Graham was outspoken about rugby, its organisation and its place in New Zealand culture. After touring South Africa with the All Blacks in 1960, he said that "if we had any conscience and feeling for humanity, we should not have been touring South Africa". Along with Wilson Whineray he declined to attend the matches of the 1981 Springbok tour of New Zealand. Graham has also criticised the presence of advertising on the All Black jersey; "I may be a dinosaur in this respect, but I don't think anything should go on the All Black jersey other than the silver fern".[1]

Graham believed New Zealanders focus excessively on the sport of rugby, stating, "I don't think rugby union is anywhere near as important in this country as solving the problems of poverty and unemployment. We're happy, aren't we, when our rugby team goes well, yet we're prepared to let some aspects of our nation go almost ignored."[1]

Graham spent decades working in education, and served as chairman of the New Zealand Education Scholarship Trust. He was critical of much of what is produced by contemporary educationalists, believing that "To assume, as so many teachers do today, that the knowledge has to come from the children and all they have to do is pull it out, is educational nonsense."[1]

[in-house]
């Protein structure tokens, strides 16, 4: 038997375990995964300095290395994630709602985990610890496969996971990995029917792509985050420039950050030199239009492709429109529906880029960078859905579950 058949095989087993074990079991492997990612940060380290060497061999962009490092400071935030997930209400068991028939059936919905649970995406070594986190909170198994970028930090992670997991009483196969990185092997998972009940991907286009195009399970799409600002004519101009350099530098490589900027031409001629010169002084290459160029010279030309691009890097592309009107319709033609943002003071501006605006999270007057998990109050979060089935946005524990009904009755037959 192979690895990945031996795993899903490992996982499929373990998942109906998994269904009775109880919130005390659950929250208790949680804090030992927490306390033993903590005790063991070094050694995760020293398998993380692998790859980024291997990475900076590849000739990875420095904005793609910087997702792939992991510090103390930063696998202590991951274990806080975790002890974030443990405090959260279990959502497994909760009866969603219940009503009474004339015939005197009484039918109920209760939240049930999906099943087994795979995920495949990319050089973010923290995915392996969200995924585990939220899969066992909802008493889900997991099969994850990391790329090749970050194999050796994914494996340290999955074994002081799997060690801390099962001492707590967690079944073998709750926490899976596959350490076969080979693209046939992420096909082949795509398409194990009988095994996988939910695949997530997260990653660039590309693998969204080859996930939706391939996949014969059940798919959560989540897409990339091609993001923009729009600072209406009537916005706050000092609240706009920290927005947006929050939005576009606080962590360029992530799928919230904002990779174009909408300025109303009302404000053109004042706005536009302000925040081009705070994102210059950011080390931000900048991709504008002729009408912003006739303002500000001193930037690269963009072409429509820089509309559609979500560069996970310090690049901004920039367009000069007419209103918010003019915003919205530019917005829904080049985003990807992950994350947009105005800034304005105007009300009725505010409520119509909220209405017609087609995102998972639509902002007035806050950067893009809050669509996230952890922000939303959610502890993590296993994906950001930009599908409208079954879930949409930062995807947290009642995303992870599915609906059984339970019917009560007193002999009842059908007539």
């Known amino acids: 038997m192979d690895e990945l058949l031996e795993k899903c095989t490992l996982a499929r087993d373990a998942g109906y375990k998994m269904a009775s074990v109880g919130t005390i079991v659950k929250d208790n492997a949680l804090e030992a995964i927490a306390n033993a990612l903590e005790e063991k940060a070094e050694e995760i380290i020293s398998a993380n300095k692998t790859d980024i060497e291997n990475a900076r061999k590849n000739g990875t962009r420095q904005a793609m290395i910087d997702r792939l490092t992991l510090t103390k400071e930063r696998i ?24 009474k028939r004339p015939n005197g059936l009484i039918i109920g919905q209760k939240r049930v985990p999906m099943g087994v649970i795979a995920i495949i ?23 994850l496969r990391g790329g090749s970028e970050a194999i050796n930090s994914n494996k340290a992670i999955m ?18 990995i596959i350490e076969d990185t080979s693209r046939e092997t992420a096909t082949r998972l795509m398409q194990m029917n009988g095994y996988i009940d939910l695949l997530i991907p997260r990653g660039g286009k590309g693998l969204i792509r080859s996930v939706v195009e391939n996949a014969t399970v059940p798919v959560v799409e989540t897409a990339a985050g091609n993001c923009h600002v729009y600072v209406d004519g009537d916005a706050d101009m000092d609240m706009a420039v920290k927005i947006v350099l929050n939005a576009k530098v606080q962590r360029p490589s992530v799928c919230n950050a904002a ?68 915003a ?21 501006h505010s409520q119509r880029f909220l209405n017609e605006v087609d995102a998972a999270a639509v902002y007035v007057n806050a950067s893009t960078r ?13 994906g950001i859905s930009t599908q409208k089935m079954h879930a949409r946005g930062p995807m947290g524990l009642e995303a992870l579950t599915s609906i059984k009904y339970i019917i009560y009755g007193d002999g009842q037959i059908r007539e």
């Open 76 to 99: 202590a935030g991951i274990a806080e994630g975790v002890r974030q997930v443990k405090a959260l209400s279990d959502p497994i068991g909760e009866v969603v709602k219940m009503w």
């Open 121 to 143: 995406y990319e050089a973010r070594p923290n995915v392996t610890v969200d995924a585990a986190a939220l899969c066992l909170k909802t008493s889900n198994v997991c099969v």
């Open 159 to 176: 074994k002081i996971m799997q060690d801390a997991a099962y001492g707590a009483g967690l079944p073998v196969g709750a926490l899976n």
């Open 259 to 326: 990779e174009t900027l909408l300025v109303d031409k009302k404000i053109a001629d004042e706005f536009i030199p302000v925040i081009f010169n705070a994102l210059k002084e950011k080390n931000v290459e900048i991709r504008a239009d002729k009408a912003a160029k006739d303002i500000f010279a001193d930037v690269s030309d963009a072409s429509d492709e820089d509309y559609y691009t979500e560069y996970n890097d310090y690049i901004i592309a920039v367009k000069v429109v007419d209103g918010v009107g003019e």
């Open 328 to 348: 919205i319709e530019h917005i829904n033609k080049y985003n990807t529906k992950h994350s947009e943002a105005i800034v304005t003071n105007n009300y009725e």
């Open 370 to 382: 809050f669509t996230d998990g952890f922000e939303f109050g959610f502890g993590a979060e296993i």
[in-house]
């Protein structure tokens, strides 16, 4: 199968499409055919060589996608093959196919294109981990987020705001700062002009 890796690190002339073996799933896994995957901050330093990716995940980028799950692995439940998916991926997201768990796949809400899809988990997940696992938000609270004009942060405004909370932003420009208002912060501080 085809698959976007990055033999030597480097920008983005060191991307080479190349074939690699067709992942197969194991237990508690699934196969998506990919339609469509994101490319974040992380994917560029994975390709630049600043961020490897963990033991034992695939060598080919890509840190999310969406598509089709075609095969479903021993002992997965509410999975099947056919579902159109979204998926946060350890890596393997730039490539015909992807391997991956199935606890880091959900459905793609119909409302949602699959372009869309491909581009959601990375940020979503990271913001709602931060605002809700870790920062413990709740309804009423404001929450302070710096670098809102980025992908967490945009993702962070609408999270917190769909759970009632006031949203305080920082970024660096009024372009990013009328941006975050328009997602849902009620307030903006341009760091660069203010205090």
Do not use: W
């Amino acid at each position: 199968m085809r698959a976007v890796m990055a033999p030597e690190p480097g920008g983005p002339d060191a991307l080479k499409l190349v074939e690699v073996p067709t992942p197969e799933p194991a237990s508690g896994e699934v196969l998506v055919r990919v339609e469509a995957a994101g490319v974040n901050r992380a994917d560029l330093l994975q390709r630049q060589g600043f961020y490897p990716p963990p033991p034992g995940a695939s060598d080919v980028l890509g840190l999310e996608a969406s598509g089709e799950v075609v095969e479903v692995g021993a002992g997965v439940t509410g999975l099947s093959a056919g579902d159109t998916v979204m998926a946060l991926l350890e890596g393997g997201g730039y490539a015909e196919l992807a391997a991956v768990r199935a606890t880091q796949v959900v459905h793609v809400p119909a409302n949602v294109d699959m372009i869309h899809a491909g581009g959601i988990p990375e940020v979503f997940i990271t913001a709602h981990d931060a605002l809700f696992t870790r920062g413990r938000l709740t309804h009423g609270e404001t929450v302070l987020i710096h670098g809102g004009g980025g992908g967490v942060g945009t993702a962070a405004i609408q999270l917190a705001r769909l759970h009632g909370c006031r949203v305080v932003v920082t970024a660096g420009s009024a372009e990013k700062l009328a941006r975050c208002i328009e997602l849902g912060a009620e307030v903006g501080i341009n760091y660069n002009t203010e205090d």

Graham died of cancer in Auckland on 2 August 2017.[3]


In the 1994 Queen's Birthday Honours Graham was appointed a Commander of the Order of the British Empire for services to education.[4] He managed the New Zealand cricket team from 1997 to 1999, and was appointed Chancellor of the University of Auckland in 1999 until retiring from the position in 2004. In the business world, Mr Graham held a number of directorships including The University Bookshop Ltd where he was Chair, IT distributor Renaissance Corporation, and transportation company Owens Group Ltd. Graham was also a director of the Auckland-based private education provider, Academic Colleges Group.

In 1999 Graham was named "New Zealander of the Year" by North & South magazine, the cover article of the January 2000 edition running under the heading, "John Graham, the man who set standards". The break-out quote described him as:

"All Black captain, for 21 years headmaster of Auckland Grammar School, rugby coach, company director, businessman, commissioner of the troubled Nga Tapawae College, manager of the New Zealand cricket team. Renaissance man and Chancellor of the University of Auckland."

Graham was elected president of the New Zealand Rugby Football Union in 2005, and received an Honorary Doctorate from the University of Auckland the same year.

In the 2011 Queen's Birthday Honours Graham was appointed a Knight Companion of the New Zealand Order of Merit for services to education and sports.[5]


  1. ^ a b c d "New Zealand All Blacks rugby team official website, New Zealand Rugby Football Union". Retrieved 29 June 2012.
  2. ^ Andrew Laxon (10 December 2011). "Waiting for super schools". NZ Herald.
  3. ^ "NZ sports leader Sir John Graham dies". 3 August 2017. Retrieved 3 August 2017.
  4. ^ "No. 53697". The London Gazette (Supplement). 10 June 1994. p. 34.
  5. ^ "Queen's Birthday Honours 2011" (8 July 2011) 97 New Zealand Gazette 2829.
Sporting positions
Preceded by
Wilson Whineray
All Blacks Captain
Succeeded by
Brian Lochore
Preceded by
Tana Umaga
Leadership Award
Succeeded by
Susie Simcock